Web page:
He has spoken increasingly of the need to tackle the problem at the source. Anti-Pakistan sentiment has been rising in Afghanistan, and a popular refrain is that if the hand of Pakistan were cut, the Taliban, many of whom fled over the border when they were ousted in late 2001, would be no more.
"Most of the attackers are non-Afghans," the governor of Kandahar, Mr. Khaled, said Saturday at a memorial service for 14 victims of the latest bombing. "We have proof, we have prisoners," he added. "We have addresses, we have cassettes."
Pakistani officials in the past have said the Pakistanis arrested in Afghanistan are usually illiterate laborers looking for work.
Judging by the tape, Pakistan appeared to be the base for the terror network, however. In the interviews, all of the men appeared to speak freely, some expressing regret for what they had done. Only one showed some nervousness, though the interrogations seemed relatively relaxed.
Three of the men, speaking in Urdu, said they were Pakistanis and had been recruited as bombers.
Two of the men, Akhtar Ali and Sajjad, who only gave one name, said they had been recruited by a man named Jamal, who was working for the Taliban and who owns a bookstore in Karachi. Sajjad had been staying with his brother in Karachi when Jamal showed him video cassettes in which Muslim clerics urged listeners to go and fight a holy war and earn a sure way to paradise.
"I was doing nothing, walking around, playing cricket and football," Sajjad said, adding in reference to a senior cleric: "The maulavi sahib talked to me and showed me a cassette, so I got involved. They were talking on the cassettes and telling us to do this and that, telling me to kill Americans."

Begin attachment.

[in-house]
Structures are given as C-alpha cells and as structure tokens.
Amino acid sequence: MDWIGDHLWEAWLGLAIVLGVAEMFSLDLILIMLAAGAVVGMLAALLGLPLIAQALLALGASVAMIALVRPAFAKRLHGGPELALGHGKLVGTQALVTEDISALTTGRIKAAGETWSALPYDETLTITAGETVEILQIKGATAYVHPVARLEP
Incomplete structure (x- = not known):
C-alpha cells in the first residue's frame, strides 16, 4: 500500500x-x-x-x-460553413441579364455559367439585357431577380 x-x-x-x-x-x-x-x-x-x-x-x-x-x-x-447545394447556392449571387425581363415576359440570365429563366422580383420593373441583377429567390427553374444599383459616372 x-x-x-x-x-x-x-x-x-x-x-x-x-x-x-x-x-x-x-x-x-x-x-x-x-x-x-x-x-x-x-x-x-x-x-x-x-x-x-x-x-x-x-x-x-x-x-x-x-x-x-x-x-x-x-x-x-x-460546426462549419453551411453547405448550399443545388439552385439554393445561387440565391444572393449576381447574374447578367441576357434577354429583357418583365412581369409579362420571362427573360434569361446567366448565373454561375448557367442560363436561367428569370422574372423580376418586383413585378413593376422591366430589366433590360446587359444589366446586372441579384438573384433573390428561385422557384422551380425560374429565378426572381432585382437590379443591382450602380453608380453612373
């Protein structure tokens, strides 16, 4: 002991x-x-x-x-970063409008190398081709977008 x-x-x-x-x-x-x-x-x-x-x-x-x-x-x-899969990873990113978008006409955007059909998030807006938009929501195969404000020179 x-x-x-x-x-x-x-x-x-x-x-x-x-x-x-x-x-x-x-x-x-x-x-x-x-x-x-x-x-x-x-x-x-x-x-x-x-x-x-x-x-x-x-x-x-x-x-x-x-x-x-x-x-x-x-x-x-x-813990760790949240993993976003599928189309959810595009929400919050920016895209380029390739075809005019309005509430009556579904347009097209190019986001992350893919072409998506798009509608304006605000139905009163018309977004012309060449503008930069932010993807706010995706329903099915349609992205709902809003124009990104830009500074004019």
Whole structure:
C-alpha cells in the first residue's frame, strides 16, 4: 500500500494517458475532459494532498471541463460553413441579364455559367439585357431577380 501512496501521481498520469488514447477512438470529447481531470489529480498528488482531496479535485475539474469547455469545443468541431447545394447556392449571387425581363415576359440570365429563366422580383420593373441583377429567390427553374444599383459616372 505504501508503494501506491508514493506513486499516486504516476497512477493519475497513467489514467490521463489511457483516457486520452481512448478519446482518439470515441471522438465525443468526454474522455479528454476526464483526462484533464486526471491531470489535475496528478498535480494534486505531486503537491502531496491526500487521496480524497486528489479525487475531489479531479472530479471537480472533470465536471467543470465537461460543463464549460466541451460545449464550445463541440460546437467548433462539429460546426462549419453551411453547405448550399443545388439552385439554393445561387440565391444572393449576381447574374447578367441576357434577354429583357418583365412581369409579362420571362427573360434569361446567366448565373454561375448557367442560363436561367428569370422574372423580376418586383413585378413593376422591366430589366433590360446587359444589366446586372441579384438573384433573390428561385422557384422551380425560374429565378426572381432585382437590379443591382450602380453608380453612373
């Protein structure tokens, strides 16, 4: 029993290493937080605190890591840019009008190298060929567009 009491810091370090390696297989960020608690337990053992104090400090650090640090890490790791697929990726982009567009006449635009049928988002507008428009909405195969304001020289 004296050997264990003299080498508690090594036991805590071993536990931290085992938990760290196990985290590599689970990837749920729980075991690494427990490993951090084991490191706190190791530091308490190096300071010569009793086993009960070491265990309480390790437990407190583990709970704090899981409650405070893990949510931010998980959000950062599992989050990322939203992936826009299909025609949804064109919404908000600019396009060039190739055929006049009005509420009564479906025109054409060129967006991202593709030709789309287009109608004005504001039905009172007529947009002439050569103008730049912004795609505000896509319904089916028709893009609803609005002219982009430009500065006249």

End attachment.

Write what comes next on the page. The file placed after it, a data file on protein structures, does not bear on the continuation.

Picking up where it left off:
Mr. Ali, who is from Karachi and who looked to be in his late 20's, said he received training to fight five years ago, when the Taliban were still in power, but never went to Afghanistan. Muslim clerics speaking on the video cassettes persuaded him to go this time, he said.
"I heard from the clerics there that if you fight jihad, you would go to paradise," he said. "There are cassettes there and they say: 'There is jihad against non-Muslims.' "
The third man, who gave his name as Abdullah, said he had come from Peshawar but was working in Karachi when recruited by a co-worker named Iqbal. "Iqbal was talking of fighting against Americans, he was talking of going to fight jihad there," Abdullah said in his interview. "I said I cannot do it. Iqbal persuaded me."
Separately the three men were sent to Quetta, they said in the tapes, and put in touch with an Afghan member of the Taliban, Abdul Hadi, who had a house in the border town of Chaman. Sajjad was on his second trip in; his first attempt was aborted when the man preparing the car in Kabul blew himself up.